Hawaii false alert 'absolutely unacceptable,' says FCC Chairman

Hawaii false alert 'absolutely unacceptable,' says FCC Chairman

— -- The chairman of the Federal Communications Commissioner became the latest official to slam the Hawaiian government, calling the false alert sent to residents warning of a missile attack "absolutely unacceptable."

Ajit Pai said in a statement Sunday that an inquiry by the agency was "well underway" and that it had already been determined that the state's government "did not have reasonable safeguards or process controls in place to prevent the transmission of a false alert."

"The false emergency alert sent yesterday in Hawaii was absolutely unacceptable," the chairman said. "It caused a wave of panic across the state -- worsened by the 38-minute delay before a correction alert was issued."

Pai added the false alerts, believed to have been caused by human error, "undermine public confidence in the alerting system and thus reduce their effectiveness during real emergencies."

The chairman's statement is the latest in the continuing fallout in the wake of the accidental emergency alert. It was sent out to residents' mobile phones and television sets at 8:07 a.m., bearing an ominous message -- in all caps -- and triggering widespread panic throughout the state.


The message wasn't officially corrected for 38 minutes.

At 8:45 a.m. the state's emergency management system tweeted: "No missile threat to Hawaii."

The false emergency alert was apparently sent because "the wrong button was pushed," Hawaii House Speaker Scott Saiki said in a statement Saturday.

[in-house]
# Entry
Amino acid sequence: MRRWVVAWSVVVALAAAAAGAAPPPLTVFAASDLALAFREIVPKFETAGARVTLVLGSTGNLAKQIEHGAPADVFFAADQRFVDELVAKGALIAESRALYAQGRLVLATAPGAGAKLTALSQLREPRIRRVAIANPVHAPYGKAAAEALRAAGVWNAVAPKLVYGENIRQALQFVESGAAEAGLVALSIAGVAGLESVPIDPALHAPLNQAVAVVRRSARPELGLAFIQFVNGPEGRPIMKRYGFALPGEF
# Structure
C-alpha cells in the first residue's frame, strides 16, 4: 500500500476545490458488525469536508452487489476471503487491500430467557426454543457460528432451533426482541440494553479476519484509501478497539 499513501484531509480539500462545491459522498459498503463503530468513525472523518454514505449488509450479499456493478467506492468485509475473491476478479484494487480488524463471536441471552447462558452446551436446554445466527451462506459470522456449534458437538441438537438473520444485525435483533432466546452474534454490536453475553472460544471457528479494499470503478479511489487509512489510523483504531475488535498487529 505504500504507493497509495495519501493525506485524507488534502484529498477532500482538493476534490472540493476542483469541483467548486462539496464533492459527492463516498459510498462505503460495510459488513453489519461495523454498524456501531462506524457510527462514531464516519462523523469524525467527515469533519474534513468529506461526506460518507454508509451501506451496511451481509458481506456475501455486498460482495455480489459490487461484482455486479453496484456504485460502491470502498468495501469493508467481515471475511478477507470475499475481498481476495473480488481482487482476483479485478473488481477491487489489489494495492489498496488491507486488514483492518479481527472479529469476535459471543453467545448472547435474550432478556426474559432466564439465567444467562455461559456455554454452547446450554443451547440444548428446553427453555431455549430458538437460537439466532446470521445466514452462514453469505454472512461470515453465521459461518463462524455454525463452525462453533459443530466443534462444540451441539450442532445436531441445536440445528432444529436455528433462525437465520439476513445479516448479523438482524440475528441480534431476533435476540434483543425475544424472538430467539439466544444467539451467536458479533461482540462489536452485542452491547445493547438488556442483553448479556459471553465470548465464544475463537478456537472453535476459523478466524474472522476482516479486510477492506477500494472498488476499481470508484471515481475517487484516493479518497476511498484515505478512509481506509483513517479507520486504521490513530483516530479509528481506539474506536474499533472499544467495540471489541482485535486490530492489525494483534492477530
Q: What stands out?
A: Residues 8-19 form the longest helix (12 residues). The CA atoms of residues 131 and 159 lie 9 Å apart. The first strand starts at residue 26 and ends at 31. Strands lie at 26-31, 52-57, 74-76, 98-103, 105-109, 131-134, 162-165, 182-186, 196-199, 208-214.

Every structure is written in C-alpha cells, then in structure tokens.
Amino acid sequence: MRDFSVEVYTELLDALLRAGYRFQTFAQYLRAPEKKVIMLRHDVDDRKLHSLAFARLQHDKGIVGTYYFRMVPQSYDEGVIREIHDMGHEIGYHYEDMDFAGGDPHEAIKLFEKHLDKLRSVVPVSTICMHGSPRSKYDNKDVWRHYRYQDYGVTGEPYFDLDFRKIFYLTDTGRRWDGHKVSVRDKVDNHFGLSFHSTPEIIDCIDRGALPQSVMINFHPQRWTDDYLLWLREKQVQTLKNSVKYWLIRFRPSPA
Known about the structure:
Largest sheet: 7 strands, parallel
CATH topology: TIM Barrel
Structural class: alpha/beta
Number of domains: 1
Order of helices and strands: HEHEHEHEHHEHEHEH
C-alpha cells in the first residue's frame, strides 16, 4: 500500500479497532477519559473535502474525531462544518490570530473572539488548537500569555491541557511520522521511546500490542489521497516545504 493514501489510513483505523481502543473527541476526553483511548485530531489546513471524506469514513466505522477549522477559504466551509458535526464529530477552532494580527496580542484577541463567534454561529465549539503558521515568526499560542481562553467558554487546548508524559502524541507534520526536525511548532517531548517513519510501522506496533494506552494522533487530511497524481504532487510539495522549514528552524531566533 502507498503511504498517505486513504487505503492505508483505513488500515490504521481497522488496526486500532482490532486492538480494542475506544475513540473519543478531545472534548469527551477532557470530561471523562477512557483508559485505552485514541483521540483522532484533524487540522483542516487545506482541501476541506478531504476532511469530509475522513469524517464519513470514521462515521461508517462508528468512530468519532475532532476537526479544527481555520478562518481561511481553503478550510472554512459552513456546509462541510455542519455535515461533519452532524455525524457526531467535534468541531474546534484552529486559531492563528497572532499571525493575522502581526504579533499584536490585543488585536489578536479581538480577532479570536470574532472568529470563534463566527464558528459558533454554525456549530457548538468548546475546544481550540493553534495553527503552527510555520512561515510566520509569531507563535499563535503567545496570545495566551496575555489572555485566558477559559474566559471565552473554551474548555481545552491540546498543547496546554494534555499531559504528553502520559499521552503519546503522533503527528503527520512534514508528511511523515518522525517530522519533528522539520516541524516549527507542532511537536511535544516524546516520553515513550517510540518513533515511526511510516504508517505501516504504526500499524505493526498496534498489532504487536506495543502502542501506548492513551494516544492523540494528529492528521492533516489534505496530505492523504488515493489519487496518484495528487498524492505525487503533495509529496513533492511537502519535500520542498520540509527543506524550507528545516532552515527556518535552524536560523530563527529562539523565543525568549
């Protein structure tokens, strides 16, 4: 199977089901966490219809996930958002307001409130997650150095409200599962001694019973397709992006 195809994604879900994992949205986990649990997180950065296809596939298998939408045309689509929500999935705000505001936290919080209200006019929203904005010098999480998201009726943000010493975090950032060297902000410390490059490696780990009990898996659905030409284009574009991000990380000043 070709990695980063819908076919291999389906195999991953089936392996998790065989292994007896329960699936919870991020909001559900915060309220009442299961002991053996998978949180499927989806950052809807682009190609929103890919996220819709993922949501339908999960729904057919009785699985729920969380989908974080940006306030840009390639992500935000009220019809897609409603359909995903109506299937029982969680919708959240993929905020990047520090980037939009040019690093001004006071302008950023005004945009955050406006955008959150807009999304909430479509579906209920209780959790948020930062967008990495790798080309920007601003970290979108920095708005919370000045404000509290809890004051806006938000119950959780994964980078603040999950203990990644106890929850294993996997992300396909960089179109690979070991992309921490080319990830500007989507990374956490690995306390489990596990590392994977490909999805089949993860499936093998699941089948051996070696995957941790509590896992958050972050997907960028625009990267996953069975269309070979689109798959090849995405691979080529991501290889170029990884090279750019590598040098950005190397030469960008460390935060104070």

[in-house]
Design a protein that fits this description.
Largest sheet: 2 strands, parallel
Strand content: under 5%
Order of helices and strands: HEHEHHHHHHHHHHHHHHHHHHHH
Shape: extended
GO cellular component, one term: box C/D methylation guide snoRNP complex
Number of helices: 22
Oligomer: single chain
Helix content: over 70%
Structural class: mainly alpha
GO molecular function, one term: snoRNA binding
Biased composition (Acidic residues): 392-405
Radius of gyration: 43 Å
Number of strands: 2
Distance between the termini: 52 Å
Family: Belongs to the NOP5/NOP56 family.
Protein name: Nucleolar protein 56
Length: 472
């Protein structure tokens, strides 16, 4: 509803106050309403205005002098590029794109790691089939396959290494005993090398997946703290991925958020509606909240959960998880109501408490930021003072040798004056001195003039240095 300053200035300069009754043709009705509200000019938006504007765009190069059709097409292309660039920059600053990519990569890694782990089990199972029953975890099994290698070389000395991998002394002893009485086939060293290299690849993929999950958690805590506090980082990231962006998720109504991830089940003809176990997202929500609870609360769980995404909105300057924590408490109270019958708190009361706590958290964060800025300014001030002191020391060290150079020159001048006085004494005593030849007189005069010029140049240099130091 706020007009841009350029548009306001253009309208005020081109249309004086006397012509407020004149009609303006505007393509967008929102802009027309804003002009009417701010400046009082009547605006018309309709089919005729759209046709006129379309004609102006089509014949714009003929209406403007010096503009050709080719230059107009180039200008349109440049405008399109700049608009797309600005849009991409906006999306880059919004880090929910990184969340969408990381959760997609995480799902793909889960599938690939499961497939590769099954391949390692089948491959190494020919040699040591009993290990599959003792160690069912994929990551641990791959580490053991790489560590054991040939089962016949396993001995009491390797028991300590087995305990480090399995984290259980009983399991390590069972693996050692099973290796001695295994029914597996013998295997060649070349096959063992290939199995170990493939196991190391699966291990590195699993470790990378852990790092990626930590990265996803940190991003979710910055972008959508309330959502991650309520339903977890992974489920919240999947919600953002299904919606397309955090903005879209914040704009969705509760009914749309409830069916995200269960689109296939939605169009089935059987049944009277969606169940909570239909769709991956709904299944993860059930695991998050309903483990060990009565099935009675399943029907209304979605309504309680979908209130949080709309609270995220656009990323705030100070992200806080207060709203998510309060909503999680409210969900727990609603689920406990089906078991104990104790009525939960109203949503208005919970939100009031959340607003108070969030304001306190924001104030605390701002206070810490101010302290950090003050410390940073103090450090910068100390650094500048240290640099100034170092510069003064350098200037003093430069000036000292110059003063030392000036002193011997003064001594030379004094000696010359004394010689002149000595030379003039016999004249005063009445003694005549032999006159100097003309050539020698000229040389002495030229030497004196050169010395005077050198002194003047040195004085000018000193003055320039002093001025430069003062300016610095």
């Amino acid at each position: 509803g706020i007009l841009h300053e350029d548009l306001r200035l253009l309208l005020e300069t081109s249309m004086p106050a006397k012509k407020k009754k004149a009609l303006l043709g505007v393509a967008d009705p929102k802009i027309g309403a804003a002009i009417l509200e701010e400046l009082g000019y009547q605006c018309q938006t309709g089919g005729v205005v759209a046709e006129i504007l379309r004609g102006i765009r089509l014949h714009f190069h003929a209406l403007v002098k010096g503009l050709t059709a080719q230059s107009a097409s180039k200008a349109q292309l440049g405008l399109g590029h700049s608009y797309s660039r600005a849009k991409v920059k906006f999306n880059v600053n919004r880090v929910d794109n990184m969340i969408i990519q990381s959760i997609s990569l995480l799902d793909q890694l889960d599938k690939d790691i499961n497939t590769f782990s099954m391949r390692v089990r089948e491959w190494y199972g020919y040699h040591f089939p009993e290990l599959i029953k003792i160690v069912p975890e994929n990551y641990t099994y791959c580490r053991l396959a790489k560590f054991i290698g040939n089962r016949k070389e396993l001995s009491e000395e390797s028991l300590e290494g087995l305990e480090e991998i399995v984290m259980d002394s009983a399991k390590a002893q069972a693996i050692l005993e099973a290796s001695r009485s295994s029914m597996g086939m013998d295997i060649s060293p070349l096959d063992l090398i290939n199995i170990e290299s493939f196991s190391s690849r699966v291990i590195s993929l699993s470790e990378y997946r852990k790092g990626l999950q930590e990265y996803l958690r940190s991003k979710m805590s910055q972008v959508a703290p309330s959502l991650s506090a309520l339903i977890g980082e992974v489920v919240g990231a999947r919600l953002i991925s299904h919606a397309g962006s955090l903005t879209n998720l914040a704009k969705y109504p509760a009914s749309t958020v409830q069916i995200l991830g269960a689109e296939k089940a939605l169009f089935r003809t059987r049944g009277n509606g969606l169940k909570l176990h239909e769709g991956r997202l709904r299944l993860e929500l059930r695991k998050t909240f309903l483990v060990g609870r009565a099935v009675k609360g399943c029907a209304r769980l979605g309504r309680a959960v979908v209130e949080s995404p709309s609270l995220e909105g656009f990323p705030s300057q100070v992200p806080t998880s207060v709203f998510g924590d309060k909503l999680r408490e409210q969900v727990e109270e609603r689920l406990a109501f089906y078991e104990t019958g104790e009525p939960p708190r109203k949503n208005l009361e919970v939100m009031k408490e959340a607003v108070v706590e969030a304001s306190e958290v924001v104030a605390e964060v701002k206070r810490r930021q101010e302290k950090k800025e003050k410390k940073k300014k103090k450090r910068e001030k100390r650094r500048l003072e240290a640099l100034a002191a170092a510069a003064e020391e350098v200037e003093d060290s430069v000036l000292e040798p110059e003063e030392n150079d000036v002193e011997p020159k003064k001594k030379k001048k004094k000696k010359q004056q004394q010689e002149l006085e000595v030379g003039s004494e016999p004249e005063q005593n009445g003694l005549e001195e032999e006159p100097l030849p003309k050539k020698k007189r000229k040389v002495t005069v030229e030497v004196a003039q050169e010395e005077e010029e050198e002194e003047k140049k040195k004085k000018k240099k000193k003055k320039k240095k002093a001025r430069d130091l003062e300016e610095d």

"This system we have been told to rely upon failed and failed miserably today," Saiki said. "I am deeply troubled by this misstep that could have had dire consequences."

He added, "Apparently, the wrong button was pushed and it took over 30 minutes for a correction to be announced. Parents and children panicked during those 30 minutes."

She said her Hawaiian constituents are "are paying the price now for decades of failed leadership in this country of failure to directly negotiate” with North Korea.

And after Saturday's missile scare the congresswoman hopes “the rest of the country...leaders in Washington pay attention to...this threat of nuclear war.”

The ballistic missile alerts come more than a month after Cold War-era sirens muffled when they were given a test run. On Dec. 1 sirens petered after the state reissued its nuclear attack warning system to warn tourists and residents of an impending attack.

Before the drill, the siren alert system had been shelved since the 1980s.

Afterward, officials were looking into why the first test of the warning system failed to be heard at some of the state's most popular beaches.